It has long been alleged that in 2015 corruption was committed by the Tory party to keep the then UKIP leader Nigel Farage out of the halls of Westminster. Shockingly, recent trial revealed horrification allegations that CCHQ gave orders to the accused, implying this scandal goes right to the top.
Craig McKinlay, the Conservative MP for South Thanet who is on trial for election expenses fraud was a “small cog in the gearbox”, the court was told. Supposedly, the Tory party HQ bent over backwards to stop entry into Parliament by Nigel Farage, the man who best stands for what once would have been their core believes: low migration, traditional family values, and British sovereignty.
McKinlay, who is accused of spending over the £52,000 limit in his contest with Farage for the South Thanet seat, denies submitting “woefully inaccurate” returns which in reality totalled over £66,000. He is standing trial alongside his agent Nathan Gray and and Conservative activist Marion Little.
McKinlay went on to say that the court needed to understand the “hierarchy of the Conservative Party” and when it came to the decision about the bus it was very much a case of “you’re having it”. Well, that is probably the case in all parties, including UKIP.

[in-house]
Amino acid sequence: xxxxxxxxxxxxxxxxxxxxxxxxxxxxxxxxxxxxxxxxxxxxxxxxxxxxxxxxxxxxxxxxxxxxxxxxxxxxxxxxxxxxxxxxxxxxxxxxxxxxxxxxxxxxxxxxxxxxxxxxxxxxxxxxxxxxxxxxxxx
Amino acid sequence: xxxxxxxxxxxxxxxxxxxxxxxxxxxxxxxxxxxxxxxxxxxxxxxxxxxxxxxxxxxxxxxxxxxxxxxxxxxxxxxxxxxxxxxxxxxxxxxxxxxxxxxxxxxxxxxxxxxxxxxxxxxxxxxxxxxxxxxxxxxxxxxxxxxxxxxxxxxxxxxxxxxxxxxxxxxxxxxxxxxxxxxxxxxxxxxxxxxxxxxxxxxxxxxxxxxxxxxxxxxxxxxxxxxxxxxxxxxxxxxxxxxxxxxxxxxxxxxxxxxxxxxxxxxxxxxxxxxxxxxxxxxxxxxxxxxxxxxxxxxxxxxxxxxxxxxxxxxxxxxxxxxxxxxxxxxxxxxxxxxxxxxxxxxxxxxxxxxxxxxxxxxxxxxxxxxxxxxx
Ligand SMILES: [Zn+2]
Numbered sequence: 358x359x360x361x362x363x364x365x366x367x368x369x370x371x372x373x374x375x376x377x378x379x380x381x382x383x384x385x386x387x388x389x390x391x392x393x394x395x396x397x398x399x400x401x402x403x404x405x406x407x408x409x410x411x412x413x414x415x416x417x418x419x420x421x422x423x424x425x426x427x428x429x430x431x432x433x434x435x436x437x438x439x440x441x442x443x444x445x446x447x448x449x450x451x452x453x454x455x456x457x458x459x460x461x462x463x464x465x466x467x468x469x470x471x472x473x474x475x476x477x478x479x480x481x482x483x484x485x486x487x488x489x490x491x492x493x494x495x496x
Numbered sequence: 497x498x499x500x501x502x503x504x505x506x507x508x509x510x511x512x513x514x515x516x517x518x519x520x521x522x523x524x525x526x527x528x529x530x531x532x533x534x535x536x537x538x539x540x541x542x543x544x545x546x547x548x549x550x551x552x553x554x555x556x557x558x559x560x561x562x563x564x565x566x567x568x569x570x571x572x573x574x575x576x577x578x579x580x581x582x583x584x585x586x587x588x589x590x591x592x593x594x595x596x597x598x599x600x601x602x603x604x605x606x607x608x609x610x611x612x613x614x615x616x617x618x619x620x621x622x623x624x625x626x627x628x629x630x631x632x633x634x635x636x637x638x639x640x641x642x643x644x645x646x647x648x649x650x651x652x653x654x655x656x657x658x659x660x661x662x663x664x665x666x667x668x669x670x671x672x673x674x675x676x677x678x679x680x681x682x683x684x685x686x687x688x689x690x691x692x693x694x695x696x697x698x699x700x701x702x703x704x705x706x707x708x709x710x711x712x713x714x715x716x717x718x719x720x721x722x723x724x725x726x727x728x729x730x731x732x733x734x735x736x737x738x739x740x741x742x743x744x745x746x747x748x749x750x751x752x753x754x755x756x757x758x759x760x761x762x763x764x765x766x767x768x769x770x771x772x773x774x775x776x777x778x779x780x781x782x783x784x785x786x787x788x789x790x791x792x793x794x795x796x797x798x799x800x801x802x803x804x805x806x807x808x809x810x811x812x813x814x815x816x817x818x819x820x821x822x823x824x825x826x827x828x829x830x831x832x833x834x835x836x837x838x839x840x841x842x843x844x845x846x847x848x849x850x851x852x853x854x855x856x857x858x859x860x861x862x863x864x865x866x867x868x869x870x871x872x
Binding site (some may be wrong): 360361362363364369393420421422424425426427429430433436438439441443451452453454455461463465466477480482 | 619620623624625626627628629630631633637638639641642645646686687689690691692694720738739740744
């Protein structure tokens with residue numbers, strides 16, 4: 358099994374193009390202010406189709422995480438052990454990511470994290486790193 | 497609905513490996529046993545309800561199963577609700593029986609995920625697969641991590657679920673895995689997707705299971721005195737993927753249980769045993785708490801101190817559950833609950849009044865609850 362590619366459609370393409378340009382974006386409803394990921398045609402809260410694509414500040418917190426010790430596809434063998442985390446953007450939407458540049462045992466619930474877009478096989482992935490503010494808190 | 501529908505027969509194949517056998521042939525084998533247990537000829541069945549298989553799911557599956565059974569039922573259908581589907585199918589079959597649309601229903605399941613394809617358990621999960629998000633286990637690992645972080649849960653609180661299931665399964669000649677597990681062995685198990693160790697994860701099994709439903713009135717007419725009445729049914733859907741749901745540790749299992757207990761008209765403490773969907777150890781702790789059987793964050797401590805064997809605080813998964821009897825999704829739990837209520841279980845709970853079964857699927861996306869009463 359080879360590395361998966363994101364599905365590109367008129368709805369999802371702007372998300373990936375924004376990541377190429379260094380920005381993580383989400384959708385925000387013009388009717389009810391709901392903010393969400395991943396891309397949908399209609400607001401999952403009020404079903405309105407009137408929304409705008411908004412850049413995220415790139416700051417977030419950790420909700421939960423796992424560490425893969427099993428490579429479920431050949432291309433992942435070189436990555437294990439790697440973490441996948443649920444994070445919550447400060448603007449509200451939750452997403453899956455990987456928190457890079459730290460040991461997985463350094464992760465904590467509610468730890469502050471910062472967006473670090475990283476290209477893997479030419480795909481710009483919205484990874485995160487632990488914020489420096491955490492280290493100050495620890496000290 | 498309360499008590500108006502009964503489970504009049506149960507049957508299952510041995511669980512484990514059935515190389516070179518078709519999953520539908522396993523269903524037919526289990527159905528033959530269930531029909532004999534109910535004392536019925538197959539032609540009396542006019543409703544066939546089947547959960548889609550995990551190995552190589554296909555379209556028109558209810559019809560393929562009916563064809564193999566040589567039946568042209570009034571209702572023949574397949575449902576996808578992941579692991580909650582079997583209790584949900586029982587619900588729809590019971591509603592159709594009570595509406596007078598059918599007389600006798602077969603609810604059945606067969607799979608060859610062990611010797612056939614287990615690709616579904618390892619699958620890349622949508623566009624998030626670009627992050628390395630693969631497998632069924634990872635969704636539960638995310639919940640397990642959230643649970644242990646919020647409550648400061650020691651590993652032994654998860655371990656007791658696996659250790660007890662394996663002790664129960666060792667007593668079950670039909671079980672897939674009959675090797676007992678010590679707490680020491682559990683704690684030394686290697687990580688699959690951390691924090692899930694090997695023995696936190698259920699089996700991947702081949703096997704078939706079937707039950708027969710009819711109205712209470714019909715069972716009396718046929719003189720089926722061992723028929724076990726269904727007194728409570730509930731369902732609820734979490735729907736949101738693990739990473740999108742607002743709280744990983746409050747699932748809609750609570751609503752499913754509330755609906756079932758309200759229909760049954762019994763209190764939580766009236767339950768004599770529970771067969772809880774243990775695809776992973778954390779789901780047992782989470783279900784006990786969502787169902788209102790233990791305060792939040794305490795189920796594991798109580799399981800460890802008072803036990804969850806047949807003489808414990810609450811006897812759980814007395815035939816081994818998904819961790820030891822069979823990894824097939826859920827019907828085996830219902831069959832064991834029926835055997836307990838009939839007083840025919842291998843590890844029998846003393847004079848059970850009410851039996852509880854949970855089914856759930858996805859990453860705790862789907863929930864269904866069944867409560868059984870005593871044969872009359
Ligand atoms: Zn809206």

The Conservative party, especially under the reigns of David Cameron and Theresa May has stepped far from any notion of right-wing politics, and is certainly a centrist party of the social democrat strain.
Many will recognise that Farage is the true conservative, and that he has strong similarities to traditional “High Tories” like the brave and honest Enoch Powell, who boldly stood up for Brexit.
The Tory party itself has many fine conservative members, being home to over half of Brexit voters, however, the management is clearly out of touch not just with its party grassroots, but also with the patriotic community in general. They allegedly broke the law to keep a genuine conservative out of Westminster.
Sadly, Farage narrowly missed out on a parliamentary seat that would have seen greater opposition to the European Union, and a bolster to traditional conservative values.
(Articles reflect the views of the author, and not necessarily those of Luke Nash-Jones, The Red Pill Factory, or Make Britain Great Again.)